Make Disasters Less Disastrous
Without crop insurance, last year’s drought would have put some farmers out of business. That’s for sure. What’s less certain is the impact proposed changes will have on the program.
By Des Keller | Photos By Des Keller
We are bumping along in a pickup truck through a Missouri farm field, skirting the edge of 30 acres’ worth of what would normally be harvest-ready corn. Luke Saunders, a claims adjustor for Great American Insurance, holds his GPS out the window—closer to the stalks—to measure the exact size of the plot.
Behind the wheel of the pickup is Richard “Dale” Cragen, who farms about 400 acres and runs a trucking business near Frankfort, in the northeast part of the state. “I’ve carried crop insurance for 25 years,” says Cragen, 66. “Suffering one of these years without it would make it tough to recoup the money you lose.”
Thanks to widespread drought, last year was not kind to thousands of U.S. producers. Crop insurers will likely make the largest damage payments in the program’s recent history—as much as $11 billion, which is actually smaller than early estimates for the year. Missouri was one of the hardest hit states, and Cragen’s 30 acres is a case in point. Once he’s determined the exact size of the field, Saunders conducts an on-the-ground inspection of the corn itself—or at least what passes for it in this field.
Even when Saunders finds a plant with ears, they are stunted and kernels can be few and far between, like an undersized piano with two-thirds of its keys missing. And the kernels that do exist are often sporting signs of the gray-to-green Aspergillus ear rot mold. So what is the final verdict on this field?
“We could see the yield was so low it was not worth combining,” says Cragen. After measuring the field and making a systematic determination of the amount of actual corn there, Saunders agrees. For the record, the yield for Cragen’s entire 120 acres was a measly 9 bushels per acre. Cragen will receive an insurance payment on the field based on a percentage of his average yield times a fall market price for corn.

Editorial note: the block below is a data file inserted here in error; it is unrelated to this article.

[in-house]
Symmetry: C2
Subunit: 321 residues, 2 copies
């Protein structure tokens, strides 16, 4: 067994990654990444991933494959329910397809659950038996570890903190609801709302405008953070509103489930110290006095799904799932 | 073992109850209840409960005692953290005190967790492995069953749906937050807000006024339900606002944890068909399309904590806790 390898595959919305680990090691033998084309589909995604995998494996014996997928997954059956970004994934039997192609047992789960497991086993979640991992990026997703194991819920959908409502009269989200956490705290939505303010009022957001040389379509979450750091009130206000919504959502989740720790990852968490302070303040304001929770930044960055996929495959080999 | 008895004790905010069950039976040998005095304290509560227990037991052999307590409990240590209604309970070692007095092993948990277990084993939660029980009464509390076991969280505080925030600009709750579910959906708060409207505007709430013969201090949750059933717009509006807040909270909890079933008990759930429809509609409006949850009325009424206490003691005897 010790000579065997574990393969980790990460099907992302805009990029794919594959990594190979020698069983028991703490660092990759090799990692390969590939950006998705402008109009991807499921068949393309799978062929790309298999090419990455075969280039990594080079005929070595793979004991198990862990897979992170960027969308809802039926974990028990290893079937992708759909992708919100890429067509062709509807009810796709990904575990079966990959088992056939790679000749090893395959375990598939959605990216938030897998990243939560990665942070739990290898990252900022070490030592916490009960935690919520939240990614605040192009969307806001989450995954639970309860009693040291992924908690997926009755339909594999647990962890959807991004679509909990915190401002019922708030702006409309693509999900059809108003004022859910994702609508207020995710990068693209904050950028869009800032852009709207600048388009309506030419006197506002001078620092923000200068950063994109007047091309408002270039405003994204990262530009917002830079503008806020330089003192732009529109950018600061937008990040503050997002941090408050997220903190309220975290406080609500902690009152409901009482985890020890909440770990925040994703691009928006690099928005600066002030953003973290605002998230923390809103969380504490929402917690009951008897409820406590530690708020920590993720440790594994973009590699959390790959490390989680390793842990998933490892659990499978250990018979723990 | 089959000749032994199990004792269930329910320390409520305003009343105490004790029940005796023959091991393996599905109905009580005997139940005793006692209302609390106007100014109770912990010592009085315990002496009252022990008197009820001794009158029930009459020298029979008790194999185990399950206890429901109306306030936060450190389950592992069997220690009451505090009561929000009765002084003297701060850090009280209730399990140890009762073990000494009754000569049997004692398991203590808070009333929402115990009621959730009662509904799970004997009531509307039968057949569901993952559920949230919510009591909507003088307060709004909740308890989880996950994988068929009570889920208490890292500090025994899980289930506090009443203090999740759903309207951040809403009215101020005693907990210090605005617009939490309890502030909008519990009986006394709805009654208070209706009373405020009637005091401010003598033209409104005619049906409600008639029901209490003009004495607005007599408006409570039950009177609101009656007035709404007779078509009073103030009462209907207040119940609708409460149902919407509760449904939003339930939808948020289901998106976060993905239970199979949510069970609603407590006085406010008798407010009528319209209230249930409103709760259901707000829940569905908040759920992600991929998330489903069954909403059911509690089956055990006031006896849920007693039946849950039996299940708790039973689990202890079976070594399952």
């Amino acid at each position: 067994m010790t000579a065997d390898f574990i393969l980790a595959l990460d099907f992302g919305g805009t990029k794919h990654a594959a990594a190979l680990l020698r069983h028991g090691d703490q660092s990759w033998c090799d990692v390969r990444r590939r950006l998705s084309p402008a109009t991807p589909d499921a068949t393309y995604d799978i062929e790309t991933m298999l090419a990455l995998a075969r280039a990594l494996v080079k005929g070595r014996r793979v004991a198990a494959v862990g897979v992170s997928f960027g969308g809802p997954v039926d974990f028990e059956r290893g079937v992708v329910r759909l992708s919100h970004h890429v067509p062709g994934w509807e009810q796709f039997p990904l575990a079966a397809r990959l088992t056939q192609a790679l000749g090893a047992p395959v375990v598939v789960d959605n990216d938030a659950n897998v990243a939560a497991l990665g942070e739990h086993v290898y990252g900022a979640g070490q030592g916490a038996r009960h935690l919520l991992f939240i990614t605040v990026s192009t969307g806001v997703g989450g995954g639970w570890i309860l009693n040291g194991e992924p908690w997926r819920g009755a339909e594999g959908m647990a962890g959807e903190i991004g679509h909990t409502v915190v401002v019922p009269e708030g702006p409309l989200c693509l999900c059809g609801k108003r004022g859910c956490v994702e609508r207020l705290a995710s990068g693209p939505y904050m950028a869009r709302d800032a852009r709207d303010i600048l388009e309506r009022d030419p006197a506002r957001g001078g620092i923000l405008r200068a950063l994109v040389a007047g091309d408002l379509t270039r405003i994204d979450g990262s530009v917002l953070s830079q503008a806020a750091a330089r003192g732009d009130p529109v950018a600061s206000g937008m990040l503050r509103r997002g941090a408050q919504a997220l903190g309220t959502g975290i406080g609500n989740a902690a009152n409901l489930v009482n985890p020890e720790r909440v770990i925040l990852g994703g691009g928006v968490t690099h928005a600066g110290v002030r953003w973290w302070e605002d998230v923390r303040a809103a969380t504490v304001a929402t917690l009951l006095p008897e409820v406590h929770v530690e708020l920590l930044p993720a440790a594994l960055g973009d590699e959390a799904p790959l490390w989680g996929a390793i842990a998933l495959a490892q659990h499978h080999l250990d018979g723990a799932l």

In all, Saunders, 29, processed the claims of more than 200 farms last fall and winter. While the crop losses were large, few if any of his customers will face the loss of their business, owing to the fact that insurance at least covered all their expenses—if not a portion of their revenue—and allowed them to plant again this spring.
“People are very happy to see us,” says Saunders, whose schedule from September into January had him on the road for 12 hours a day, with more paperwork awaiting him after dinner. Saunders understands the need to process claims as quickly as possible. He farms with his father, Phillip, and younger brother Chris near Shelbina, Mo. (See “History Means a Lot”) “Adjustors are the main point of contact for the insurance company,” he says. “We see the fields. We see the crops. I’m one of the main reasons someone gets their check to cover losses.”
The crop insurance program is sponsored and largely underwritten by USDA’s Risk Management Agency (www.rma.usda.gov), although it is sold and administered by more than a dozen private insurance companies such as Great American. Nearly 85% of eligible farmland—about 281 million acres—was covered by $116 billion worth of crop insurance in 2012.